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Smoking

This month’s blog is all about smoking.  Again, it’s a topic that I feel quite close to.

Everyone will know someone who smokes or who have been touched by the impact of smoking, whether they’ve got cancer or some other smoking related disease.  It’s a common cause of early death in men and women, with half of all long-term smokers dying early from smoking-related diseases, including heart disease, lung cancer and chronic bronchitis.

My dad smokes 40 a day at least.  He’s now 65 and it really is a worry for me.  I lost my mum earlier this year and I don’t want to get another phone call telling me that my Dad’s not well.  It’s a constant concern.

"The place would be full of smoke and you wouldn’t think twice about going in there"

Back in the day it was kind of the norm.  I would sit in my parent’s car and they would smoke whilst I was sitting in the back, or I’d go to a pub with them and everyone would be smoking.  The place would be full of smoke and you wouldn’t think twice about going in there.

We’ve made great strides in the last few years with the introduction of smoking bans in public places, even in cars, but people still try to find a way to smoke if they’re addicted.  People often smoke because they think it helps to relieve stress but there are better ways to combat stress such as exercise, and like many other diseases you may not know you’ve got a health issue from smoking tobacco until it’s too late.

As a footballer I was never interested in smoking.  I’d always heard that smoking could restrict your growth – I’m 5ft 8, small enough as it is without smoking as well, I didn’t want to risk stunting my growth too!  Even in the noughties smoking was still frowned upon in a football environment yet I still knew players that smoked, they’d either have a sneaky fag after a game out of the window at Carrow Road or a few of them would light up socially on a night out.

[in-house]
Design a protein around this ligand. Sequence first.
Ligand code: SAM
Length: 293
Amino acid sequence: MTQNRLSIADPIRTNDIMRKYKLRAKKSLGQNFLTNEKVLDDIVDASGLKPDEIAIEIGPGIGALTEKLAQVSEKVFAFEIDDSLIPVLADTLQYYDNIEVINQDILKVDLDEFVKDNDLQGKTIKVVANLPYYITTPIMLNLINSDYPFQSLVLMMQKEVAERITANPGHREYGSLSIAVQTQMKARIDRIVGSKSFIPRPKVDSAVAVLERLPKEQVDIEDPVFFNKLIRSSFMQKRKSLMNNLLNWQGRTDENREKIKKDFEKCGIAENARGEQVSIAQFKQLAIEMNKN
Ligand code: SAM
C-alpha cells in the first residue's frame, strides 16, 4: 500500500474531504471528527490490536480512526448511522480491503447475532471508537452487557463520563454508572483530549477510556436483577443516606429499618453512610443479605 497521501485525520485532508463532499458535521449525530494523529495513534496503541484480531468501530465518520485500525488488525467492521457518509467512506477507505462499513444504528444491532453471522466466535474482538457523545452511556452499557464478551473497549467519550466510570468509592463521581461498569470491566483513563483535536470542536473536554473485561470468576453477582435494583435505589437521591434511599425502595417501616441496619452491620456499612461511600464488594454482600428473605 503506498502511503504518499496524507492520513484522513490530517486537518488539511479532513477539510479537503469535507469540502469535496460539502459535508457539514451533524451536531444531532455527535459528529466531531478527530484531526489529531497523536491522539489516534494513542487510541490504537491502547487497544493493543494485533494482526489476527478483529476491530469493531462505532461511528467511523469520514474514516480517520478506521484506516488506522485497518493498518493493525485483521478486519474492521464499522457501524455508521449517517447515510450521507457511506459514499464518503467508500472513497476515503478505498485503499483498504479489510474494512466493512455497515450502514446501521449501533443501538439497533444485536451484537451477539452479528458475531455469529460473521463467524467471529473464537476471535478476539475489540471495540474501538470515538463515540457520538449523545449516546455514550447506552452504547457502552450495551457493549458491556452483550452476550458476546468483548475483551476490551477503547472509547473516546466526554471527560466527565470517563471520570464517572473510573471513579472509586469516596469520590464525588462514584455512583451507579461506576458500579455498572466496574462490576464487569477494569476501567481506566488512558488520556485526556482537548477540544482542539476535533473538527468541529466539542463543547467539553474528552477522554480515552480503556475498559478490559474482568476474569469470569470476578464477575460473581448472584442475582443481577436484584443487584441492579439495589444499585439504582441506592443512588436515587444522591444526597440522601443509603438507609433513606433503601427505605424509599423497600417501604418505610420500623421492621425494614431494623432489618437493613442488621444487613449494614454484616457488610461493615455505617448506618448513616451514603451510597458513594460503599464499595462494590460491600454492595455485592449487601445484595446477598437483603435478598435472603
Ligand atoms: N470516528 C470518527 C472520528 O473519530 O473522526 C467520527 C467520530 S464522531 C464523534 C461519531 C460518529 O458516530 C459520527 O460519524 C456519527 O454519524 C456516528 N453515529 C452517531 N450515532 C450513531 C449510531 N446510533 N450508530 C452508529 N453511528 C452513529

Back in the day we played Inter Milan in the European Cup at the San Siro stadium.  It was a significant part of the history for Norwich City and we all turned up in the players’ lounge after losing 1 : 0 and every single one of the Italian players were smoking and drinking wine.  It was a cultural thing at the time, but quite a shock!

"E-cigarettes are a great way to help people quit and they are much less harmful than cigarettes"

I understand smoking is a very difficult thing to kick but you start to see the benefits almost straight away.  Your sense of smell and taste will get a boost and within two weeks you’ll find it easier to do physical exercise as your blood circulation starts to improve.  Walking up the stairs, going for a walk or a run will all become much easier, not to mention the money savings.  Thankfully there are lots of things out there to help people.  I’ve heard that E-cigarettes are a great way to help people quit and they are much less harmful than cigarettes, 95% less  according to Public Health England.

There’s also a useful online tool to help you find the best way to stop smoking– the triage tool online asks you three questions to find out how much you smoke and if you’ve tried in the past to quit.  It will then help you find the best stop smoking tool for you. It’s definitely worth a try.

Smoking is one of the hardest habits to crack but there are certainly enough reasons to do it when you hear the statistics.  Give it a try. Make a change.

You can contact Smokefree Norfolk 0800 0854113 for help or just visit your GP or pharmacy for advice.

Last month: Blood pressure

Next month: Mental health

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